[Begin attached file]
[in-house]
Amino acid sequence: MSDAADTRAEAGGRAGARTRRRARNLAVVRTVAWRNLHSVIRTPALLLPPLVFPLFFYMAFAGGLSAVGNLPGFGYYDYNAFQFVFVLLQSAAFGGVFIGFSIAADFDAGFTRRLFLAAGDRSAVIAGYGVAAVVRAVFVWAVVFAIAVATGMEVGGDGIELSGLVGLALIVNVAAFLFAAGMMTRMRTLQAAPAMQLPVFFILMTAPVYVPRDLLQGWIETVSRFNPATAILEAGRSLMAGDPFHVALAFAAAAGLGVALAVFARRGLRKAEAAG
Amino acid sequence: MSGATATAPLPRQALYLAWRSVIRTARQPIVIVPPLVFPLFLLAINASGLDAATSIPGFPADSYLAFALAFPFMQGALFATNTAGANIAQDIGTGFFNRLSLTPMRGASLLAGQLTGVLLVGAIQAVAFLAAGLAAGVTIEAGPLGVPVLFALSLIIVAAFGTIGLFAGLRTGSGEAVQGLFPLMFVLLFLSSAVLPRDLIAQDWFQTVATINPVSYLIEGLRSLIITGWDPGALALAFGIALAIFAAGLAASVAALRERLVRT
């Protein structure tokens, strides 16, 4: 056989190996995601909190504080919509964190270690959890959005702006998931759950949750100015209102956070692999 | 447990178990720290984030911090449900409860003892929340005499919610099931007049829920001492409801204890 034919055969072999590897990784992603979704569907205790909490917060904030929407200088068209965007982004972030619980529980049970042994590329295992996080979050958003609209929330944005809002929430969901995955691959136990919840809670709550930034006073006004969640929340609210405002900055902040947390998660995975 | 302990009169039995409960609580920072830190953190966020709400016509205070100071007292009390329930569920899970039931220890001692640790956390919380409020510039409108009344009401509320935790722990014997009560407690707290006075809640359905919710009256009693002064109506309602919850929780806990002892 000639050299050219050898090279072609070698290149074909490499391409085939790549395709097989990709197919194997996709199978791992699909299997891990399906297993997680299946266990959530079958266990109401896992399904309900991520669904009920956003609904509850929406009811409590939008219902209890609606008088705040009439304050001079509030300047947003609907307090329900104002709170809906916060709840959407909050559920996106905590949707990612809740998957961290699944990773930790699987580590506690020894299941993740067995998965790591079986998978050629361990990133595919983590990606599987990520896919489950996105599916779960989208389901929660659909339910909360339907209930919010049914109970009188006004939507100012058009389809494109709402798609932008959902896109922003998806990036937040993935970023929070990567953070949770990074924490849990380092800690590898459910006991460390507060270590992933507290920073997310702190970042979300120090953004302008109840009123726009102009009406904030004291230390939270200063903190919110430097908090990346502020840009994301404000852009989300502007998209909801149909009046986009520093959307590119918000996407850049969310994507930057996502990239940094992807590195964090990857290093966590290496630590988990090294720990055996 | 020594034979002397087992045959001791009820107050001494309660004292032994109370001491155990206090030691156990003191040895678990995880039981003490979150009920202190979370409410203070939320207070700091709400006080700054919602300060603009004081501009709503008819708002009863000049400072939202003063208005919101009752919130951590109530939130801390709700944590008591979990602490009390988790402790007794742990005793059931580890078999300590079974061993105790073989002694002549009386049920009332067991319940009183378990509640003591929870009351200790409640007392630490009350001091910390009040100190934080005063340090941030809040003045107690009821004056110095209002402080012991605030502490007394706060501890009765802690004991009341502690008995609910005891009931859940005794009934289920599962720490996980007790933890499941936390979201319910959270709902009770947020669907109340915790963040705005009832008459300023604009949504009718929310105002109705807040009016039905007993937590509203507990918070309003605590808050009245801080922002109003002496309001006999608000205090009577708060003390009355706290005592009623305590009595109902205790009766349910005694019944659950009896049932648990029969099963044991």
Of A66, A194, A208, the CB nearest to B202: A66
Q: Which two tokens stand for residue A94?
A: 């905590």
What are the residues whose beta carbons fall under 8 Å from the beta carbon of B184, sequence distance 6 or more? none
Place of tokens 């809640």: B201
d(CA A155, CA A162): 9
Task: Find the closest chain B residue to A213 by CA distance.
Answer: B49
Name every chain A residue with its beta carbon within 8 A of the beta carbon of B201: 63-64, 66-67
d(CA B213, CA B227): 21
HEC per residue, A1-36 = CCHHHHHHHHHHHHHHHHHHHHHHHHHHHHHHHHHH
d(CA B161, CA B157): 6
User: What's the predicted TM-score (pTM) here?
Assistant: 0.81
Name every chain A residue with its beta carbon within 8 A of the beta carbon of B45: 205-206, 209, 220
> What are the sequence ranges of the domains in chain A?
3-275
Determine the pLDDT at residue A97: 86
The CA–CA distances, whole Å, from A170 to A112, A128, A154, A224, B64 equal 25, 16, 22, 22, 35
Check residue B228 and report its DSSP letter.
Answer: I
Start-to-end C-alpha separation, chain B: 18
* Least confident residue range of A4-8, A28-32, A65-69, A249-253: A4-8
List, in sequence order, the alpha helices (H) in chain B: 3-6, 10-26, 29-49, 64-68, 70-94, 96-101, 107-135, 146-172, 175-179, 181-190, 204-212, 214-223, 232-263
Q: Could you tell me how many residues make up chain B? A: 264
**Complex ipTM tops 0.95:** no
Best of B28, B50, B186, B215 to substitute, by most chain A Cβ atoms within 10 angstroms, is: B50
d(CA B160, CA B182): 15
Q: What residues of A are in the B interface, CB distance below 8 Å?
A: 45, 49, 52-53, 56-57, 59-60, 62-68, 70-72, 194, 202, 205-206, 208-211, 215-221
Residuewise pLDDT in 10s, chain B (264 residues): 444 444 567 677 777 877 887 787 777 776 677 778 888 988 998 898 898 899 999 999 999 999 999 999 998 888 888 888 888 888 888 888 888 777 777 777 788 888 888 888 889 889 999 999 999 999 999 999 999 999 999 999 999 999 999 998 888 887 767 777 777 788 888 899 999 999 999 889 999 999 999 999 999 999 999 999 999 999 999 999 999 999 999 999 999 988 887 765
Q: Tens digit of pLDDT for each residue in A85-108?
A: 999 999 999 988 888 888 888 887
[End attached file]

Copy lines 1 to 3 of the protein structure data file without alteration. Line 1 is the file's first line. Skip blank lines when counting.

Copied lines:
[in-house]
Amino acid sequence: MSDAADTRAEAGGRAGARTRRRARNLAVVRTVAWRNLHSVIRTPALLLPPLVFPLFFYMAFAGGLSAVGNLPGFGYYDYNAFQFVFVLLQSAAFGGVFIGFSIAADFDAGFTRRLFLAAGDRSAVIAGYGVAAVVRAVFVWAVVFAIAVATGMEVGGDGIELSGLVGLALIVNVAAFLFAAGMMTRMRTLQAAPAMQLPVFFILMTAPVYVPRDLLQGWIETVSRFNPATAILEAGRSLMAGDPFHVALAFAAAAGLGVALAVFARRGLRKAEAAG
Amino acid sequence: MSGATATAPLPRQALYLAWRSVIRTARQPIVIVPPLVFPLFLLAINASGLDAATSIPGFPADSYLAFALAFPFMQGALFATNTAGANIAQDIGTGFFNRLSLTPMRGASLLAGQLTGVLLVGAIQAVAFLAAGLAAGVTIEAGPLGVPVLFALSLIIVAAFGTIGLFAGLRTGSGEAVQGLFPLMFVLLFLSSAVLPRDLIAQDWFQTVATINPVSYLIEGLRSLIITGWDPGALALAFGIALAIFAAGLAASVAALRERLVRT